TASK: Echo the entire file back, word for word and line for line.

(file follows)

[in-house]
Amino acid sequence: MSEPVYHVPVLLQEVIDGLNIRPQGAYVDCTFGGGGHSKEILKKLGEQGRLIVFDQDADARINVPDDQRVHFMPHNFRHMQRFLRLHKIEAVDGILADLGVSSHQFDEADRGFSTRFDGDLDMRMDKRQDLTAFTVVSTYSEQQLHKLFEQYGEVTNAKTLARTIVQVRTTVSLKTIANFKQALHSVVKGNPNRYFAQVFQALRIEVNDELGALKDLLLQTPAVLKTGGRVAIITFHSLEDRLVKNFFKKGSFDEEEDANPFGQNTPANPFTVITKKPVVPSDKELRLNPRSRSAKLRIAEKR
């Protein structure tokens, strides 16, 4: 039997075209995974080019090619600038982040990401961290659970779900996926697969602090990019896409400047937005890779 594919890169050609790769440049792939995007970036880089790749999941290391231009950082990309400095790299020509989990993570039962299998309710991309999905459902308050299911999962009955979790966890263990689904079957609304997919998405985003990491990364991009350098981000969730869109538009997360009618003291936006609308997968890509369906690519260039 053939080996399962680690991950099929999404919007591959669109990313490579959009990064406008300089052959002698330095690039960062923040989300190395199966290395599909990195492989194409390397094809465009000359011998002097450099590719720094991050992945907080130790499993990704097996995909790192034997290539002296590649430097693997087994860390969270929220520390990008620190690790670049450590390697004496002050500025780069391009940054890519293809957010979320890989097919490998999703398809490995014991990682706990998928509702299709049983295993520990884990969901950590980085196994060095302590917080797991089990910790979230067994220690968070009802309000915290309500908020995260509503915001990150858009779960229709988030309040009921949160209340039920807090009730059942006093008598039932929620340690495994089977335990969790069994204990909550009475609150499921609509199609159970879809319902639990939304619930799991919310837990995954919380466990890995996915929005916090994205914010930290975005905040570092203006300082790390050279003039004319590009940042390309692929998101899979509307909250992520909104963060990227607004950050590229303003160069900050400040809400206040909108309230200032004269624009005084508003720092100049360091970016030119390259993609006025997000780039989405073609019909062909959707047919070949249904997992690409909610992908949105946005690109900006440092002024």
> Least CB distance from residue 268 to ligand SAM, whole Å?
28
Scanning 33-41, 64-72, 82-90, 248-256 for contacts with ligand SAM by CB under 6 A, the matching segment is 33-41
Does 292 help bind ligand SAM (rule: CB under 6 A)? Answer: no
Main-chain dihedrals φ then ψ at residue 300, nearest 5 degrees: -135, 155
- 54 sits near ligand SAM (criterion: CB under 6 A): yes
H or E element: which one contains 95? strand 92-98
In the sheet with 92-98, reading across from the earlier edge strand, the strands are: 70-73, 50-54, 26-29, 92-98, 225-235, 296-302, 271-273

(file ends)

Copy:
[in-house]
Amino acid sequence: MSEPVYHVPVLLQEVIDGLNIRPQGAYVDCTFGGGGHSKEILKKLGEQGRLIVFDQDADARINVPDDQRVHFMPHNFRHMQRFLRLHKIEAVDGILADLGVSSHQFDEADRGFSTRFDGDLDMRMDKRQDLTAFTVVSTYSEQQLHKLFEQYGEVTNAKTLARTIVQVRTTVSLKTIANFKQALHSVVKGNPNRYFAQVFQALRIEVNDELGALKDLLLQTPAVLKTGGRVAIITFHSLEDRLVKNFFKKGSFDEEEDANPFGQNTPANPFTVITKKPVVPSDKELRLNPRSRSAKLRIAEKR
């Protein structure tokens, strides 16, 4: 039997075209995974080019090619600038982040990401961290659970779900996926697969602090990019896409400047937005890779 594919890169050609790769440049792939995007970036880089790749999941290391231009950082990309400095790299020509989990993570039962299998309710991309999905459902308050299911999962009955979790966890263990689904079957609304997919998405985003990491990364991009350098981000969730869109538009997360009618003291936006609308997968890509369906690519260039 053939080996399962680690991950099929999404919007591959669109990313490579959009990064406008300089052959002698330095690039960062923040989300190395199966290395599909990195492989194409390397094809465009000359011998002097450099590719720094991050992945907080130790499993990704097996995909790192034997290539002296590649430097693997087994860390969270929220520390990008620190690790670049450590390697004496002050500025780069391009940054890519293809957010979320890989097919490998999703398809490995014991990682706990998928509702299709049983295993520990884990969901950590980085196994060095302590917080797991089990910790979230067994220690968070009802309000915290309500908020995260509503915001990150858009779960229709988030309040009921949160209340039920807090009730059942006093008598039932929620340690495994089977335990969790069994204990909550009475609150499921609509199609159970879809319902639990939304619930799991919310837990995954919380466990890995996915929005916090994205914010930290975005905040570092203006300082790390050279003039004319590009940042390309692929998101899979509307909250992520909104963060990227607004950050590229303003160069900050400040809400206040909108309230200032004269624009005084508003720092100049360091970016030119390259993609006025997000780039989405073609019909062909959707047919070949249904997992690409909610992908949105946005690109900006440092002024």
> Least CB distance from residue 268 to ligand SAM, whole Å?
28
Scanning 33-41, 64-72, 82-90, 248-256 for contacts with ligand SAM by CB under 6 A, the matching segment is 33-41
Does 292 help bind ligand SAM (rule: CB under 6 A)? Answer: no
Main-chain dihedrals φ then ψ at residue 300, nearest 5 degrees: -135, 155
- 54 sits near ligand SAM (criterion: CB under 6 A): yes
H or E element: which one contains 95? strand 92-98
In the sheet with 92-98, reading across from the earlier edge strand, the strands are: 70-73, 50-54, 26-29, 92-98, 225-235, 296-302, 271-273